How To Save a Relationship, According to Expert
No matter how strong the relationship is, you are bound to encounter some rough patches along the way. These issues can manifest in a number of ways, including infidelity, a seemingly endless cycle of being on-again and off-again, a lack of fun between the sheets.
All of these examples (and countless more) can make you wonder both how to save a relationship that’s suffering and whether doing so is even the best course of action.
The good news is that experts say there are ways to determine if you have reason to stay around and that there are also strategies you can use to restore the health of your partnership, which is currently in trouble.
When it comes to preserving relationships, according to Google’s findings, people turn to their search engine for answers. In 2017, of all the relationship questions listed on Google, “How to Save a Relationship” ranked fifth in the top ten, so it’s definitely something that couples are curious or experimenting with.
keep reading in search of signs that the relationship is in trouble in the first place, and how to know when it should be abandoned is the best course of action, and then get tips on how to save a relationship and restore its healthy state.
How to know when to save a relationship & went to let go?
Although optimism still has a gold star, the truth is that not all relationships are supposed to be saved. Before deciding how you will proceed, it is important to know first whether your relationship is worth saving or whether it is better for you and your partner to separate.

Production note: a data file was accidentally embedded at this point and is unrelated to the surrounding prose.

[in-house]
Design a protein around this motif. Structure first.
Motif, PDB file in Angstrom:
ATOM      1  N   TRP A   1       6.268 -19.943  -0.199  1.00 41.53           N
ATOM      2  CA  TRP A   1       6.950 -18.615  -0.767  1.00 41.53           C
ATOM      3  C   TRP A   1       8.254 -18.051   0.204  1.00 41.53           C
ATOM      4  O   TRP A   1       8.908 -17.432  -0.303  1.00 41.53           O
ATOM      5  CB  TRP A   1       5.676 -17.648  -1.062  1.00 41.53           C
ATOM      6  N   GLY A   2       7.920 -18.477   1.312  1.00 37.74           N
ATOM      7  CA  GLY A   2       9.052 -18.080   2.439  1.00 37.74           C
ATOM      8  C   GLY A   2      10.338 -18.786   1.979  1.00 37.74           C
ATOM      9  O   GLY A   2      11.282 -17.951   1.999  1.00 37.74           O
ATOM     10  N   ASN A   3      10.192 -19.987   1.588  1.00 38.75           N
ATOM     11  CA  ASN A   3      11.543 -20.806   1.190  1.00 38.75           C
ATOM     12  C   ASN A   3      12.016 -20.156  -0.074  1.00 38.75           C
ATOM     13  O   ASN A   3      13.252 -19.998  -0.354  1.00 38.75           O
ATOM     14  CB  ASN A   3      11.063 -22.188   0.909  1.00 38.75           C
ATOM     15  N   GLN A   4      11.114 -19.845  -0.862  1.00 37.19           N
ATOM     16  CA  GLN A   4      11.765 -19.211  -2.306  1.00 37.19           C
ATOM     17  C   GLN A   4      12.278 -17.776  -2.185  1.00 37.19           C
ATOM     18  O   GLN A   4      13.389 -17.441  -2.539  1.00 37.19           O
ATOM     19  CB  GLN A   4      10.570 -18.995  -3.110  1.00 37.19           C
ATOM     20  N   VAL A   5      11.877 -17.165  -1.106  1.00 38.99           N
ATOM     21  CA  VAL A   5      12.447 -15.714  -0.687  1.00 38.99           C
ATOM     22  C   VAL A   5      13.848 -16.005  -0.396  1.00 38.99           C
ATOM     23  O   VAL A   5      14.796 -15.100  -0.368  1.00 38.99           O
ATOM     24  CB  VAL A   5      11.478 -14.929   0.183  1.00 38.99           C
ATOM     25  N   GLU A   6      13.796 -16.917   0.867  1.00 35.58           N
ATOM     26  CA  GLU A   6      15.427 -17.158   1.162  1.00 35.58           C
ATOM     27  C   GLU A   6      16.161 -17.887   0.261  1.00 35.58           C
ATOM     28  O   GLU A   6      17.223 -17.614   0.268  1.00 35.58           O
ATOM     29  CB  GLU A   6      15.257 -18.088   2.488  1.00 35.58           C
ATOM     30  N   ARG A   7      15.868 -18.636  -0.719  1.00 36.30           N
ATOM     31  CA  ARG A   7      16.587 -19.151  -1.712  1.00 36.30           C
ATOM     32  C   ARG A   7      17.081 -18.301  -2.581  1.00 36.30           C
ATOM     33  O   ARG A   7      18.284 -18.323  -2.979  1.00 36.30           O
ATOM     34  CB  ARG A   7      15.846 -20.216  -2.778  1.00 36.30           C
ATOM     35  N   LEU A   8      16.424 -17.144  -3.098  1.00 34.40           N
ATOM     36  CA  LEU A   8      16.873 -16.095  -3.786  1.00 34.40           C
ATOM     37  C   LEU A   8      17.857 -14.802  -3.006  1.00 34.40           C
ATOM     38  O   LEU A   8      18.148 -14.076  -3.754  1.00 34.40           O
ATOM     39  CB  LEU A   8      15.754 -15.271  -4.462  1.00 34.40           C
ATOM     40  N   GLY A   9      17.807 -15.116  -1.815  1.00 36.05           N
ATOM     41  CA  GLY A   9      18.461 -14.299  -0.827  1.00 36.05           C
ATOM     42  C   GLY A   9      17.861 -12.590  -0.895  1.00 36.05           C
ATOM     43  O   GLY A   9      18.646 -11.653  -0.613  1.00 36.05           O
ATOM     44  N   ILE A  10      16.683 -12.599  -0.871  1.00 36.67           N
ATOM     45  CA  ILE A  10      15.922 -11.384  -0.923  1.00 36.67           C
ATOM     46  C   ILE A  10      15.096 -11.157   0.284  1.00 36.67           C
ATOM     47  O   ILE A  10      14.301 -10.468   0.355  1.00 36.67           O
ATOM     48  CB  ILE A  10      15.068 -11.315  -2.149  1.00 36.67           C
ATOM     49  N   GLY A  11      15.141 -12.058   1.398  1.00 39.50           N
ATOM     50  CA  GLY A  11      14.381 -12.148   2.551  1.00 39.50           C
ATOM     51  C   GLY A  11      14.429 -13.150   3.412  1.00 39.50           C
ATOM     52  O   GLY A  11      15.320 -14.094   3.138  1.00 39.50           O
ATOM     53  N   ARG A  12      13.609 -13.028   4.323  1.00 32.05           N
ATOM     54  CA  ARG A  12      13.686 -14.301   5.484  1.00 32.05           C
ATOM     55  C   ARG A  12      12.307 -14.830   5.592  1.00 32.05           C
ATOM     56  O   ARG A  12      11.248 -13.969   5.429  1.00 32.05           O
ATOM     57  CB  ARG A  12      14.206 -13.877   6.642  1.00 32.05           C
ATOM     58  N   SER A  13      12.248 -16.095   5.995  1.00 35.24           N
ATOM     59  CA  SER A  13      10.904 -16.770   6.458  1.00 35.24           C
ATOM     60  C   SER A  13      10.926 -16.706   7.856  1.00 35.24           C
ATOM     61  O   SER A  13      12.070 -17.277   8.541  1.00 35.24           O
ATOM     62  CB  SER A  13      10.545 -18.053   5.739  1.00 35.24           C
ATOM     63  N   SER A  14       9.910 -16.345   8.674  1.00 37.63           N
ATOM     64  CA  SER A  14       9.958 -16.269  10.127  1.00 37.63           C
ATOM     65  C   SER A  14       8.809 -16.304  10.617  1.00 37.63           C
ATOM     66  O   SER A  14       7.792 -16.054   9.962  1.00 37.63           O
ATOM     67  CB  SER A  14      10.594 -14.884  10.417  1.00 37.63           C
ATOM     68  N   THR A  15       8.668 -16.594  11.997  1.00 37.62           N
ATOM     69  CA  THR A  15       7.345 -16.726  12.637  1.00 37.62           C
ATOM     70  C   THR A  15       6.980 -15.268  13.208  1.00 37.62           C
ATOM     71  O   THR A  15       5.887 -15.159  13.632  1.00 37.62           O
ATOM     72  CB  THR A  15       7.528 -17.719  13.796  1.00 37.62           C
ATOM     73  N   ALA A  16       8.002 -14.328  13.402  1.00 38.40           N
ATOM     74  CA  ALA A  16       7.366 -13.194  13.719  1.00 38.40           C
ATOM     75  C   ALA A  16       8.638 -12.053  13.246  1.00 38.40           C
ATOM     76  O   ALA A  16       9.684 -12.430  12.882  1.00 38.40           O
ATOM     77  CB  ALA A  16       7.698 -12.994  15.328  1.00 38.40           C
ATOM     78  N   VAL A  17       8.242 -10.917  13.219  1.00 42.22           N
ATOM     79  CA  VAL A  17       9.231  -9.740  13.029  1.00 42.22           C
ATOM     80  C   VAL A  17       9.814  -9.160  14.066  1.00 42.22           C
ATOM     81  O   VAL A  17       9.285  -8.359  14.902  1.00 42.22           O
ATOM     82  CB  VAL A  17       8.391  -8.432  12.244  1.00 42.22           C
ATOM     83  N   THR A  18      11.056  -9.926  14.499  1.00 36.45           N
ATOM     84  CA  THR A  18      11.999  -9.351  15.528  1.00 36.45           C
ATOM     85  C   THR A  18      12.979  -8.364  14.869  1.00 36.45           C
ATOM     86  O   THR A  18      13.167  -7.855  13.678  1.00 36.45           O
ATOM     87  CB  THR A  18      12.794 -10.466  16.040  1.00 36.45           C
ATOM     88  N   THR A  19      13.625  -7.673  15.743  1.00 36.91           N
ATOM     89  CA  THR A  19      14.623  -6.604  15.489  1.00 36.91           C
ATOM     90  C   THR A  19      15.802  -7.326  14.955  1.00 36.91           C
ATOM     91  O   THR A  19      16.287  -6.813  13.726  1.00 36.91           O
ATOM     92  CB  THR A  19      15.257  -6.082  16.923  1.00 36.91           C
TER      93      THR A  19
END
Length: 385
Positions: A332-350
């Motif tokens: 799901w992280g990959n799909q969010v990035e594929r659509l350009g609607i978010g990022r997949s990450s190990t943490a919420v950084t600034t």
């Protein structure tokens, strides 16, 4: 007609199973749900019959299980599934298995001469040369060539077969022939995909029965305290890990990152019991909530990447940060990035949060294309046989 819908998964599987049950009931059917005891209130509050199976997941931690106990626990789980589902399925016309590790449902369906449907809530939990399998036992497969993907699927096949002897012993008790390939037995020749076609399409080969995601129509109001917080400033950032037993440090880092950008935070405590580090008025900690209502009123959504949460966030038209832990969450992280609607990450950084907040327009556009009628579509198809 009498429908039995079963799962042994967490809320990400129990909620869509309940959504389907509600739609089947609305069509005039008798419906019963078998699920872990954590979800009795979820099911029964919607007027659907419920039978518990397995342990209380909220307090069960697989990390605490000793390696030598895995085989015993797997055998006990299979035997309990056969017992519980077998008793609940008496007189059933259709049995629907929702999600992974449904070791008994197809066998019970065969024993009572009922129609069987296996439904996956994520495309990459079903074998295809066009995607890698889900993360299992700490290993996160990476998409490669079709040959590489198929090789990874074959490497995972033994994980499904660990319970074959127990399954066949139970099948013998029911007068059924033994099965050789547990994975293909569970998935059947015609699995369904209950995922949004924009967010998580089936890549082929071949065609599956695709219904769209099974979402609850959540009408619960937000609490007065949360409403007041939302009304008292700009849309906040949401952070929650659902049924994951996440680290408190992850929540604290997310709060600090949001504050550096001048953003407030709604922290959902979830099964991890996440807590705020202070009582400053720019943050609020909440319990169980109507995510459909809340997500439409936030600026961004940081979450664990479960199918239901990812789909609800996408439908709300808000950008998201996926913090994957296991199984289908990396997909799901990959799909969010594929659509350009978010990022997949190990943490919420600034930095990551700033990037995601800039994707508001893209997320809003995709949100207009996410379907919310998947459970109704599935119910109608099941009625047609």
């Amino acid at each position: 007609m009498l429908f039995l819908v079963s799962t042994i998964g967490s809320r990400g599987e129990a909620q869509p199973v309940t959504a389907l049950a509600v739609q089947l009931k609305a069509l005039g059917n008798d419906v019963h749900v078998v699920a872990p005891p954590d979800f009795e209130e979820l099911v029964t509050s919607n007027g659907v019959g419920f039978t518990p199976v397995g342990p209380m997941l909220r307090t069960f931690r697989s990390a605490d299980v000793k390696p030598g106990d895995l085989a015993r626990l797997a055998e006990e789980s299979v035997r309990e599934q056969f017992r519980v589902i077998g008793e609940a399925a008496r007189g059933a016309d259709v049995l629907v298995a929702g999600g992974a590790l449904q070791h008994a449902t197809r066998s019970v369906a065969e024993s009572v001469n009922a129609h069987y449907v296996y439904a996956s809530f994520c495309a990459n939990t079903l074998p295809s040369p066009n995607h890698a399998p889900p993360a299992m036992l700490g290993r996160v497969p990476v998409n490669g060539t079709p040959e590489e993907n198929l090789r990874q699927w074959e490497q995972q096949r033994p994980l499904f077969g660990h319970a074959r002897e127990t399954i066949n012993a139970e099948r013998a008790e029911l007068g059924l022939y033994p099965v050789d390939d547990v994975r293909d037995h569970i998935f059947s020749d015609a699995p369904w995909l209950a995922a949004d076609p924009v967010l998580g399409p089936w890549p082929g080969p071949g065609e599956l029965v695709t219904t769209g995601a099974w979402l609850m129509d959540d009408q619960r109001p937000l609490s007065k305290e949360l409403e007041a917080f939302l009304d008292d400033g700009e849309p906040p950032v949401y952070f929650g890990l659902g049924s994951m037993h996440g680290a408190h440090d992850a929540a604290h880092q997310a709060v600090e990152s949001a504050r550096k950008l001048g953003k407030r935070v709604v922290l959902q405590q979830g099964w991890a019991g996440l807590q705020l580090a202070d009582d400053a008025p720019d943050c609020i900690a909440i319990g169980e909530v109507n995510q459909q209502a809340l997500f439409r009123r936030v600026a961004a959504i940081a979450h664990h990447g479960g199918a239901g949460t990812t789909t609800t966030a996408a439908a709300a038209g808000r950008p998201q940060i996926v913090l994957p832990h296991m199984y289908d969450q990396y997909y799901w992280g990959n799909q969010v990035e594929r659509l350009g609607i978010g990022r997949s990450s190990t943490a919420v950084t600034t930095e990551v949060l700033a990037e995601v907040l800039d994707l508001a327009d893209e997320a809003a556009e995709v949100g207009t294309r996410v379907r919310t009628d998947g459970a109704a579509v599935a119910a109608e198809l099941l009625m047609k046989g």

There are a few key elements to consider when deciding whether or not to continue the relationship, and love is not one of them. “Love is obviously important, but it’s not enough,” says Laurel House, a dating and relationships coach.
If you ever feel psychologically or physically threatened, these are warning signs that you should not ignore, says Suzann Pileggi Pawelski, wellness consultant and co-author of Happy Together: Using the Science of Positive Psychology to Build Love Lasts. Leaving the relationship is vital to your well-being and safety, and that of your children if you have any, in these situations.
It is also important to ensure that your partner supports your basic needs and values. If you feel that you are putting your core values and morals at risk, that’s another reason why leaving a relationship instead of trying to fix things is a better option for your overall health and happiness, Paulsky says.
And, of course, both partners must have the will to save the relationship. If a person has already checked mentally and emotionally and shows no desire to repair the relationship, then it is probably time to put an end to things.